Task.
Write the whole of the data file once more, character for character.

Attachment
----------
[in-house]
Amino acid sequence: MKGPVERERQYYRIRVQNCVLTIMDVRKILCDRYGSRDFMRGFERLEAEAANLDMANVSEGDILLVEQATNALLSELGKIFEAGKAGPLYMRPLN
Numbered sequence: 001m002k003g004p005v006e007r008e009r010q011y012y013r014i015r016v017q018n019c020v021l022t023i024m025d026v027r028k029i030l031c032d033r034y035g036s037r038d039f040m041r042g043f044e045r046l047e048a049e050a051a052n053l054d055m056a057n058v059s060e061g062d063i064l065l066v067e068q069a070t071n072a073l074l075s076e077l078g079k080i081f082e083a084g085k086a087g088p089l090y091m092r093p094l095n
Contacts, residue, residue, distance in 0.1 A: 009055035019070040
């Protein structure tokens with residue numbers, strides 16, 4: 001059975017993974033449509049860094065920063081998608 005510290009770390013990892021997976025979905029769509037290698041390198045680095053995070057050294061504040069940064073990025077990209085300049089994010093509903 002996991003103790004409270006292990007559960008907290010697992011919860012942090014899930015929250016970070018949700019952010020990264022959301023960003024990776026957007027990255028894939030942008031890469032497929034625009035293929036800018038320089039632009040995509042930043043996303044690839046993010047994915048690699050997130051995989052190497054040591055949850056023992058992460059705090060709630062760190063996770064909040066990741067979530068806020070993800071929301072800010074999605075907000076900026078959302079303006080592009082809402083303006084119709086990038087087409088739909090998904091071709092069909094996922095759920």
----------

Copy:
[in-house]
Amino acid sequence: MKGPVERERQYYRIRVQNCVLTIMDVRKILCDRYGSRDFMRGFERLEAEAANLDMANVSEGDILLVEQATNALLSELGKIFEAGKAGPLYMRPLN
Numbered sequence: 001m002k003g004p005v006e007r008e009r010q011y012y013r014i015r016v017q018n019c020v021l022t023i024m025d026v027r028k029i030l031c032d033r034y035g036s037r038d039f040m041r042g043f044e045r046l047e048a049e050a051a052n053l054d055m056a057n058v059s060e061g062d063i064l065l066v067e068q069a070t071n072a073l074l075s076e077l078g079k080i081f082e083a084g085k086a087g088p089l090y091m092r093p094l095n
Contacts, residue, residue, distance in 0.1 A: 009055035019070040
């Protein structure tokens with residue numbers, strides 16, 4: 001059975017993974033449509049860094065920063081998608 005510290009770390013990892021997976025979905029769509037290698041390198045680095053995070057050294061504040069940064073990025077990209085300049089994010093509903 002996991003103790004409270006292990007559960008907290010697992011919860012942090014899930015929250016970070018949700019952010020990264022959301023960003024990776026957007027990255028894939030942008031890469032497929034625009035293929036800018038320089039632009040995509042930043043996303044690839046993010047994915048690699050997130051995989052190497054040591055949850056023992058992460059705090060709630062760190063996770064909040066990741067979530068806020070993800071929301072800010074999605075907000076900026078959302079303006080592009082809402083303006084119709086990038087087409088739909090998904091071709092069909094996922095759920």